By Lauren Trumbull
News and Features Editor
September is an important month for mental illness. As a whole, it is National Suicide Prevention Month, Sept. 10 was World Suicide Prevention Day and from Sept. 10-16, the United States recognized National Suicide Prevention Week. This year’s theme is “Take a minute, save a life.”
During this month, the plan is to create a sense of hope and resilience, and call attention to the risks and warning signs of suicide. It is also important to encourage help-seeking and prevention.
By starting a conversation about the often controversial and highly stigmatized topic, and providing support and guidance for those who need it; it is possible to prevent a suicide.
According to the American Association of Suicidology, suicide is the second leading cause of death among 15-24-year-olds. The American Foundation for Suicide Prevention cites that within Pennsylvania, suicide is the 11th leading cause of death, and on average, one person dies every five hours.
Aside from it being National Suicide Prevention Month, the media has been drawing much attention to suicide prevention in the past few months, due to the chart topper “1-800-273-8255.” Logic’s song, titled after the National Suicide Prevention Lifeline (NSPL), has stirred a discussion around promoting mental health. Since the release of the song, calls to NSPL are up 33% and the NSPL’s website has an extra 100,000 visitors a month.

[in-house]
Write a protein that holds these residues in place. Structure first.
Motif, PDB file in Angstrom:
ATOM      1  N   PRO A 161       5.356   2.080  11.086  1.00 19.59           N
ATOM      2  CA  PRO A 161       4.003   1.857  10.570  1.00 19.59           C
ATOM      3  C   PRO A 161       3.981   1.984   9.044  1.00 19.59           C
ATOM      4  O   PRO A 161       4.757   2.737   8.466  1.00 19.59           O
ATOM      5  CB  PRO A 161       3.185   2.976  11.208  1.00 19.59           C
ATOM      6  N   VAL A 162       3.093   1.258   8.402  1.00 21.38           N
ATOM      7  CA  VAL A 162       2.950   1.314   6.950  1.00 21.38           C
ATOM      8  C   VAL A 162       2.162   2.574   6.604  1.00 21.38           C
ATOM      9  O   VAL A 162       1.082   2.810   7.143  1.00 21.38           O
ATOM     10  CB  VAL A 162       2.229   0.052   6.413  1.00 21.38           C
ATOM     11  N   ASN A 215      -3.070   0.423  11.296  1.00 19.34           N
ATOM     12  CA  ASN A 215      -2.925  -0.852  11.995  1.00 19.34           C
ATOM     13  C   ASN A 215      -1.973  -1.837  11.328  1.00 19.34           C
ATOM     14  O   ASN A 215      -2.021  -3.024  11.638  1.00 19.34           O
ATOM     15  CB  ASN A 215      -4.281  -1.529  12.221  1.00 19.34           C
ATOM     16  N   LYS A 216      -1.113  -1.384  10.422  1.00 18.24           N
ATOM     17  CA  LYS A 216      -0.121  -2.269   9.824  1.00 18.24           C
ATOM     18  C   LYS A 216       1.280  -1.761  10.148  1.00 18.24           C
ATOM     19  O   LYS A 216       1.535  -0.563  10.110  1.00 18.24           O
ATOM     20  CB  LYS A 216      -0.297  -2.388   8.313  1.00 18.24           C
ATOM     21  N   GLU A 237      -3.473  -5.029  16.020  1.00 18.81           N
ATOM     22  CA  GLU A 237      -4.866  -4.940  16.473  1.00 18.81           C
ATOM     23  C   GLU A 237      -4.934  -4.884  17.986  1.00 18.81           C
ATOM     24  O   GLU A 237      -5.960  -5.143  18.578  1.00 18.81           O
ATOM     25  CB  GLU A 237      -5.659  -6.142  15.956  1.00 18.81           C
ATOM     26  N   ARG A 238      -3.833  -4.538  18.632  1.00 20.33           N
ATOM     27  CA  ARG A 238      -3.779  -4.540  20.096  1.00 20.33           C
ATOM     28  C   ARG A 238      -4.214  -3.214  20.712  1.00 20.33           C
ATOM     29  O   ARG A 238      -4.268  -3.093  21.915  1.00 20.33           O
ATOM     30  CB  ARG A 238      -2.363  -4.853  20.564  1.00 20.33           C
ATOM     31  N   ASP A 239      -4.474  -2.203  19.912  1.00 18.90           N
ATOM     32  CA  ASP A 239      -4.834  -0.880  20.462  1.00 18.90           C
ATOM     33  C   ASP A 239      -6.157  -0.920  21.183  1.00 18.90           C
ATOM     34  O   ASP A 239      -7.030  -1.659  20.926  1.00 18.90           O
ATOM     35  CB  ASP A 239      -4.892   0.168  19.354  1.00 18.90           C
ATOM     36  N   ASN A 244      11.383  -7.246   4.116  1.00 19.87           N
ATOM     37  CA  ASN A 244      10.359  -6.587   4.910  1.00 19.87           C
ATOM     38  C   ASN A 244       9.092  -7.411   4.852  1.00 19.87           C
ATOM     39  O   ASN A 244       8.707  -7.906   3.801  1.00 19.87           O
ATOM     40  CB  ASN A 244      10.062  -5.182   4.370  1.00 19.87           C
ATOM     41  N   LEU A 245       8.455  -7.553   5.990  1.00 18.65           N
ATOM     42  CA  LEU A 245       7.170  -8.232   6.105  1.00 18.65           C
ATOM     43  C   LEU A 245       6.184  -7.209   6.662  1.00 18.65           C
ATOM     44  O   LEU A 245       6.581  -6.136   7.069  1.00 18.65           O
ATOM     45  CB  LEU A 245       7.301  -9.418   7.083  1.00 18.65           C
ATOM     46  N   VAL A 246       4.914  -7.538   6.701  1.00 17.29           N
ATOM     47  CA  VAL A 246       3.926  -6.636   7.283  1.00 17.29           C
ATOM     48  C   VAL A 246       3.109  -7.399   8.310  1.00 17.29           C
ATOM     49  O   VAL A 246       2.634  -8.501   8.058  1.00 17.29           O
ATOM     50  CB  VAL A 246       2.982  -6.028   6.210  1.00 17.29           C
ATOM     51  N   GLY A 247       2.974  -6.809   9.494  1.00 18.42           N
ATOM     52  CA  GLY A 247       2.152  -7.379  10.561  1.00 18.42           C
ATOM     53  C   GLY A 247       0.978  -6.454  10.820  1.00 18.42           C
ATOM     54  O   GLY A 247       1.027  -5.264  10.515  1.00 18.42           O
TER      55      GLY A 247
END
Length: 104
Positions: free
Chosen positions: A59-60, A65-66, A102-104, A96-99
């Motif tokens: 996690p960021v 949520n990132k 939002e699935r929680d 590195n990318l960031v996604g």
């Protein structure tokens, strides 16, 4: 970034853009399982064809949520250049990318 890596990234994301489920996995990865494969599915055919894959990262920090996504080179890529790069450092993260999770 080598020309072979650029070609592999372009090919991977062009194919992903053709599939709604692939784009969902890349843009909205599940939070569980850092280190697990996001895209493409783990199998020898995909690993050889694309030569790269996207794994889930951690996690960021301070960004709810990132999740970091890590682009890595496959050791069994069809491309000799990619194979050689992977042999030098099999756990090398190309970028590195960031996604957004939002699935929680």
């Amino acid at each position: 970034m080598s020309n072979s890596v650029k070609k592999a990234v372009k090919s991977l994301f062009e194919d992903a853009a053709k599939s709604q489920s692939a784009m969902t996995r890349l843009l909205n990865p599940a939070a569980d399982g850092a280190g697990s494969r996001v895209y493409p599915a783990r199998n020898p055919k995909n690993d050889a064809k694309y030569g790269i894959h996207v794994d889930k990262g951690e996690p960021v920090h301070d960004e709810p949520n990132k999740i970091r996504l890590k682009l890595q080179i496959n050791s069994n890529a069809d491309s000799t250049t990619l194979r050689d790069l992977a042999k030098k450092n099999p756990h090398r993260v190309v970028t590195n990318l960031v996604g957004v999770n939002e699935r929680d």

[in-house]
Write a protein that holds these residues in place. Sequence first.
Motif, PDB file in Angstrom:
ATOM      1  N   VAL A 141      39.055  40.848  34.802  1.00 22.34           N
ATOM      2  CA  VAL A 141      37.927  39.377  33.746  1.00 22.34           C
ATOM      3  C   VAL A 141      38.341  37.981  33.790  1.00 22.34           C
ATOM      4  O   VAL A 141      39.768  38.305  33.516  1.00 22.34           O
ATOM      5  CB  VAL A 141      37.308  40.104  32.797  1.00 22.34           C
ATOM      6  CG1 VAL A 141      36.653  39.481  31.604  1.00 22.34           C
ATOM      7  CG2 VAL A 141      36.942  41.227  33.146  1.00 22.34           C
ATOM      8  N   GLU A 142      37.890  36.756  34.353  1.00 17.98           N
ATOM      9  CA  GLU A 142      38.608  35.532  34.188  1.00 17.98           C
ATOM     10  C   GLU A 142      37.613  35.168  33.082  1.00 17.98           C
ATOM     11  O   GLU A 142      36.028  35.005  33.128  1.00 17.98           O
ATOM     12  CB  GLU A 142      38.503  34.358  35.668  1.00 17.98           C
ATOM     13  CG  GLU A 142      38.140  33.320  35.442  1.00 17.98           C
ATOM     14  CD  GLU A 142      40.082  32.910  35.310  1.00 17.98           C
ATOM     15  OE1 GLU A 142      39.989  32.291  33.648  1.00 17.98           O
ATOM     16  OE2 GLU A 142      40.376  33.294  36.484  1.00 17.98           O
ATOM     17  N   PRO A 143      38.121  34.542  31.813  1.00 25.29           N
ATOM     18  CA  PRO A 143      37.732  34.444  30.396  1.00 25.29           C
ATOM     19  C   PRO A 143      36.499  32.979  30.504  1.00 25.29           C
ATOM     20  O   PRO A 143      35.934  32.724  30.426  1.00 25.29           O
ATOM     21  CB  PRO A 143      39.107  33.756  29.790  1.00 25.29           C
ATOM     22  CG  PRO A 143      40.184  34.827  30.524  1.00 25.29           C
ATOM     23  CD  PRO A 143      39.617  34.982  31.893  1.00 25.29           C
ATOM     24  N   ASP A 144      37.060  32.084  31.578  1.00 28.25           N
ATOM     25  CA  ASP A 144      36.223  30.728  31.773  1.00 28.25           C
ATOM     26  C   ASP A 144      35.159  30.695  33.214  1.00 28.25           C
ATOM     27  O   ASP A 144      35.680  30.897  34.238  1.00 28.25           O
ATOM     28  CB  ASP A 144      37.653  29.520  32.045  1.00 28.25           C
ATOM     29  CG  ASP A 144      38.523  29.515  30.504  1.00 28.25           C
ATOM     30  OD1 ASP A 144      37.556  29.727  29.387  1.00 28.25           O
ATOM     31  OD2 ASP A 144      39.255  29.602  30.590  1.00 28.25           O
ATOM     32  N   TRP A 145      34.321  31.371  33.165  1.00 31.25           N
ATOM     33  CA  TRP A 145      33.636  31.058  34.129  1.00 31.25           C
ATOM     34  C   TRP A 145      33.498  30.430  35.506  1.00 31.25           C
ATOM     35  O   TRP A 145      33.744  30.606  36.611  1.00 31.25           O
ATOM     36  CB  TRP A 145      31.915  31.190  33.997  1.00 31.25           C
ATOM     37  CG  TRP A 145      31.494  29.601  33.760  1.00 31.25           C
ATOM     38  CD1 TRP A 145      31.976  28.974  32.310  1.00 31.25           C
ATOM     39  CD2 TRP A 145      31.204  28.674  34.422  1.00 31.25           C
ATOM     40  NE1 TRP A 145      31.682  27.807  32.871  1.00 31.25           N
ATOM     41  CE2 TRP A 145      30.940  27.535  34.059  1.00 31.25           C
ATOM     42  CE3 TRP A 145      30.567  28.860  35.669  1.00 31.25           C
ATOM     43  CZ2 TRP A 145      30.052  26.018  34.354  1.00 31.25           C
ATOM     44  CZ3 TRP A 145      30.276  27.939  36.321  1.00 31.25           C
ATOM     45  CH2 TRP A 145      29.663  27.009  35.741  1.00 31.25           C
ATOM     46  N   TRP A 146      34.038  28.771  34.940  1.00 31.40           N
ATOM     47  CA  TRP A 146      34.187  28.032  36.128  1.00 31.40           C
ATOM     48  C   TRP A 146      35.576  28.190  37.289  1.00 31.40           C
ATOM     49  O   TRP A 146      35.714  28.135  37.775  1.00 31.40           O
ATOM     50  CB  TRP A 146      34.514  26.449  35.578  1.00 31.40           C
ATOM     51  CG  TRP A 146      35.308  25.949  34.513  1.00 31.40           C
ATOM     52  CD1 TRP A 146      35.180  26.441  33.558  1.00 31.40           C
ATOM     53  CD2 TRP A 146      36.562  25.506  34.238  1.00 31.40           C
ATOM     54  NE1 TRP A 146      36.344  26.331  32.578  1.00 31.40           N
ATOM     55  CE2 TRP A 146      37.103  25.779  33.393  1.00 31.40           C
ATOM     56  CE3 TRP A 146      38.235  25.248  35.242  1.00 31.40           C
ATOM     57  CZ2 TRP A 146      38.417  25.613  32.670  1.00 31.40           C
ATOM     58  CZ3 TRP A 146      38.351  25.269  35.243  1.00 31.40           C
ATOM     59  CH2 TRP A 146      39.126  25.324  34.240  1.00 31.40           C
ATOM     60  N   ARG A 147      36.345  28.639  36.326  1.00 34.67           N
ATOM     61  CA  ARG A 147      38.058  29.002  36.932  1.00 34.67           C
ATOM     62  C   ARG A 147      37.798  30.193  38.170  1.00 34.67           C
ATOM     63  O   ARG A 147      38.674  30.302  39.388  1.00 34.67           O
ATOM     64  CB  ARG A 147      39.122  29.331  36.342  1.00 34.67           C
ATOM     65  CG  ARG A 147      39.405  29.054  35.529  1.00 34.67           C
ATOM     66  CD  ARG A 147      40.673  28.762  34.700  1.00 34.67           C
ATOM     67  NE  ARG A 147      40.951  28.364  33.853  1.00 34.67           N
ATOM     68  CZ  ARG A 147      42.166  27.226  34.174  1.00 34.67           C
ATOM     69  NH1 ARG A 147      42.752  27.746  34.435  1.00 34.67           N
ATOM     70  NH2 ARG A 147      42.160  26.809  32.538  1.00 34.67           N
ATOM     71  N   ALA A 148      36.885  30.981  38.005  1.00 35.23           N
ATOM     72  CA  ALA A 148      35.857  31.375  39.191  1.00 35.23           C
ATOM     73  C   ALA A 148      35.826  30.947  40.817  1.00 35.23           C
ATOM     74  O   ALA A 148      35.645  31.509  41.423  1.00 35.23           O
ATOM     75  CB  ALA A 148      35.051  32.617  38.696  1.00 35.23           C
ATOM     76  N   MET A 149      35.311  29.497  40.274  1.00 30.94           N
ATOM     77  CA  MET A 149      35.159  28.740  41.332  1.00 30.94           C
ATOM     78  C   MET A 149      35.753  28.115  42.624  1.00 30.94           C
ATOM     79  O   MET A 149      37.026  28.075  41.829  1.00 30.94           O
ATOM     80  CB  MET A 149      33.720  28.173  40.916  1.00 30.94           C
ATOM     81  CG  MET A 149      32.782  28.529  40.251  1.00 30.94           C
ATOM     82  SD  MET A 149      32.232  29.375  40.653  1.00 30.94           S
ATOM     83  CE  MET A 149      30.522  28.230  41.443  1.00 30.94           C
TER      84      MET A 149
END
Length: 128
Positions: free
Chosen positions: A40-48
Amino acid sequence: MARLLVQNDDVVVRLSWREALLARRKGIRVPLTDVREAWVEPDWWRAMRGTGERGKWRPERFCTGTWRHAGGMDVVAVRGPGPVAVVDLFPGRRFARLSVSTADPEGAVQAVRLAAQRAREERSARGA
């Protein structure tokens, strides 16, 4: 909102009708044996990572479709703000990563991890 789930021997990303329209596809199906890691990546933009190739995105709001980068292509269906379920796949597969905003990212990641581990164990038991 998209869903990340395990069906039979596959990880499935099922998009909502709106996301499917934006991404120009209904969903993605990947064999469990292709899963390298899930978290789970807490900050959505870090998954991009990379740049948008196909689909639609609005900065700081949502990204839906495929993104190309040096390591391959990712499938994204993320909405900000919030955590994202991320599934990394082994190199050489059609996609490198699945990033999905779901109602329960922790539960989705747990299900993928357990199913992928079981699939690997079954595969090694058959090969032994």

Logic coordinated with the NSPL before releasing the song. The organization’s director, John Draper, is cited in The Washington Post saying, “By sharing these stories of recovery from individuals who have been there and have survived their own crises, we can change the conversation about suicide from one of tragedy and isolation, to one of hope. It’s an honor for us to be working alongside Logic to help people in despair find hope and meaning.”
Along with creating a powerful song to draw attention to mental illness, Logic used a music video, which also features Alessia Cara and Khalid, to further his message. The video features the story of two gay teenage boys that do not receive approval from their fathers regarding their sexuality. One of the boys is also bullied by his teammates at school, and on the verge of suicide, he calls NSPL. The video, like the song, ends on a hopeful note.
To join the movement and help prevent suicide, people can promote awareness by sharing statistical images on social media provided by National Alliance on Mental Illness and American Foundation for Suicide Prevention using #SuicidePrevention or #StigmaFree. It is also possible to become a field advocate for suicide prevention through the American Foundation for Suicide Prevention. This allows people to volunteer with thousands of others to build relationships with Congress and state legislators in order to take action on policies that matter most to them.
For anyone concerned that someone they know may be struggling with suicidal thoughts, read about the risk factors and warning signs on the American Foundation for Suicide Prevention’s website, https://afsp.org/about-suicide/ risk-factors-and-warningsigns/. Or contact the Crisis Text Line by texting TALK to 741-741 through the National Suicide Prevention Lifeline.
Anyone struggling with mental health issues, please reach out to the NAMI crisis line for more resources at 1-800- 950-NAMI (6264)
Or call the National Suicide Prevention Lifeline at 1-800- 273-8255, in a case of emergency.